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THE ART OF GIN TASTING

by Rohan Mathew
THE ART OF GIN TASTING

Gin is an alcoholic drink derived from Juniper Berries. Gin was intended to be used as medicinal liquor and was made by monks and alchemists who lived in Europe [Southern France, Flanders, and the Netherlands] to provide the ethanol from distillates grapes and grains. The emergence of gin in England occurred when jenever, a Dutch and Belgian liquor, was introduced in the British Capital.

After juniper, gin is flavoured with herbal, spice, fruit-flavours, or floral flavours. It is most commonly mixed with tonic water and served as a drink. Gin tasting is an experience of tasting new gin and allowing the flavour to tingle your sensations. The best way to savour the taste of a bottle of gin is discussed below.

Leave out any additional drinks

While gin is traditionally mixed with some tonic water, it is not recommended to do so if you are tasting the gin as it interferes with its flavour.

Using a curved glass

A curved glass helps the flavour be retained in the liquid and allows the aroma to spread around. A swirl will open up the liquid and release the aroma within and thus help you taste the strong flavour of your favourite drink.

Testing the Flavour of Coffee

It is a standard practice to sniff coffee before you taste anything to use your nose like a critic. Coffee clears your palate and takes out any residual smells so that your nose and, to some extent, your mouth are only tasting the flavourful drink.

Smelling the drink

Gently swirl the glass and smell the drink. Don’t take a long breath as the alcohol could burn the insides of your nose but instead align your nose with the rim and take a gentle sniff. The aromas will make their way into your nasal pathways and bring joy to your senses. The primary scents are citrus, orange, floral, and earthy.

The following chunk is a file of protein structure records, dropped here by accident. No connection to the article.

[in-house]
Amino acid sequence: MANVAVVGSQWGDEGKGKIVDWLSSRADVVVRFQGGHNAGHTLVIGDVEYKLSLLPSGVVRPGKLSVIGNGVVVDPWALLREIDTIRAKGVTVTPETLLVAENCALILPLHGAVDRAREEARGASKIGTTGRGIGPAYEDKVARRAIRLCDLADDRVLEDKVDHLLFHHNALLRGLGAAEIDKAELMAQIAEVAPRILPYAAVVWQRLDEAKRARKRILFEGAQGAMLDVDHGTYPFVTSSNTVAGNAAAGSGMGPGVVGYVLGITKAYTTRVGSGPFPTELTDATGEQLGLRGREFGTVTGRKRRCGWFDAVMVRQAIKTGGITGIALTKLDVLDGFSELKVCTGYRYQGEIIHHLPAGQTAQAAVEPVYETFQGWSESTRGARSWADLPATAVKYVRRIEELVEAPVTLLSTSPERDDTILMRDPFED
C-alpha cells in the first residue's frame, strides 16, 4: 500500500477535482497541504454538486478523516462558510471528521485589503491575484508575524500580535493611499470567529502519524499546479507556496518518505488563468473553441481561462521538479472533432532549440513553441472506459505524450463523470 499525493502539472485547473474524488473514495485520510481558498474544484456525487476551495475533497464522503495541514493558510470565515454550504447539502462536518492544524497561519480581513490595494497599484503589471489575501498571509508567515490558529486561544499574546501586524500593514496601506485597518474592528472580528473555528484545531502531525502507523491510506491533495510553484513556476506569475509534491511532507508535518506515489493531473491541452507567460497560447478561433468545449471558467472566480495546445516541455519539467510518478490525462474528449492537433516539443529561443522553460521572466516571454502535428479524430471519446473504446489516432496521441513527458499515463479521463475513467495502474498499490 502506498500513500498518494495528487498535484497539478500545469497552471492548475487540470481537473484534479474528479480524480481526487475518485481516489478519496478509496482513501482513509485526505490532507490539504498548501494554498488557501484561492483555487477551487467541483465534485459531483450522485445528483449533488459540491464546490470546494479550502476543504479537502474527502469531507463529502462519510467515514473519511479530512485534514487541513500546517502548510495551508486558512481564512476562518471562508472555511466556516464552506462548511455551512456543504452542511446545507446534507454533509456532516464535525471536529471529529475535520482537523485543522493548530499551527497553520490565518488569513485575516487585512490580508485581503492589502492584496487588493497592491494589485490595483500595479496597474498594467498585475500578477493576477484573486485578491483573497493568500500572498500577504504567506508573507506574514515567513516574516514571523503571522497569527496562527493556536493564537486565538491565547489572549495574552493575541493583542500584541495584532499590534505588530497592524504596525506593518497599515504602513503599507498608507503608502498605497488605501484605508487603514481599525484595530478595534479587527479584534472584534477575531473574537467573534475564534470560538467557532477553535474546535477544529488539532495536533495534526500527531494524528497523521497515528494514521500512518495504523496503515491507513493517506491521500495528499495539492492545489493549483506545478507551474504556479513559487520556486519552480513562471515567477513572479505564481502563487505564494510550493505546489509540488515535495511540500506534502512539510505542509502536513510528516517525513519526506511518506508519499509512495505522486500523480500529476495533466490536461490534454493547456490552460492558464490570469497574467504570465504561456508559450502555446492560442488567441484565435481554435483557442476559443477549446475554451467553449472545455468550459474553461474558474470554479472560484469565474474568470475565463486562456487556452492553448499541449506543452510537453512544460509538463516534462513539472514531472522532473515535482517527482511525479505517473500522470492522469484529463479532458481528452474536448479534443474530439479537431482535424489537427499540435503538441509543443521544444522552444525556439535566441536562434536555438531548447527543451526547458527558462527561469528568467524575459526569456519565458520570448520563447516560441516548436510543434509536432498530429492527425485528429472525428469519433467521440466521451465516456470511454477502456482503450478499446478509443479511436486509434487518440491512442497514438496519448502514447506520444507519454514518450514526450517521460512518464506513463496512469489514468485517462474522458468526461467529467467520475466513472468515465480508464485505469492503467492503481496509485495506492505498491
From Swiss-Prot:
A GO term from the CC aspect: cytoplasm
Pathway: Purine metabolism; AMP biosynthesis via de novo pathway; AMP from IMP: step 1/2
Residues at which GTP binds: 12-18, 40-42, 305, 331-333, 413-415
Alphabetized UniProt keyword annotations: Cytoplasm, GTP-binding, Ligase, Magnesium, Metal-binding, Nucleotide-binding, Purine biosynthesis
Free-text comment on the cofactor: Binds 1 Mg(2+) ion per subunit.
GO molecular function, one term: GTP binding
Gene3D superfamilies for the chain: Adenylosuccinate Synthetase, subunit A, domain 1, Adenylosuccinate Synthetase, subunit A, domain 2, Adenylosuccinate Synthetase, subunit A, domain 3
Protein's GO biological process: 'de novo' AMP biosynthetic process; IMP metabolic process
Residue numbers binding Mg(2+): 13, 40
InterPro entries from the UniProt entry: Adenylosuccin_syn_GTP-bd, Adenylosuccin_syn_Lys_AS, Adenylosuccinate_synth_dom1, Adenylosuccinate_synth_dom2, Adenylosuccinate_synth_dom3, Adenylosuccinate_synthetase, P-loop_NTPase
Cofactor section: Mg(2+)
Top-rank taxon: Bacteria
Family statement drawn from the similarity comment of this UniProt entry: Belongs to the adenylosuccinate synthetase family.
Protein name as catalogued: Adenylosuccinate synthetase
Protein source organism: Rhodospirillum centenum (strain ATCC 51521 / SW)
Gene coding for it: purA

Wet your hands with the gin

Place a few drops of gin into your hand and allow it to run the length of your palm. After the gin has completely covered your palm in a very thin layer of liquid, cup your hands and smell it. This helps the flavour of the gin get stronger.

Tasting

  1. Take a small sip and try to identify the flavours you caught when you were smelling the gin. If you were able to identify most of the flavours, that means you did your smelling right.
  2. Let the alcohol rest on your tongue and then swirl it around in your mouth so that it reaches all corners of the mouth, releasing the aroma and letting the flavour burst through the ethanol.
  3. Now swallow the gin and try to remember which taste lingers. The aftertaste of gin is significant because it allows your senses to recognize the taste of the drink you had and gives you immense satisfaction,

A gin is a drink for special occasions and often a drink to celebrate cherished memories. Gin tasting should be done when you have time at hand and it shouldn’t be hurried, as the meaning is lost if a time restriction is imposed against such a magnificent activity.

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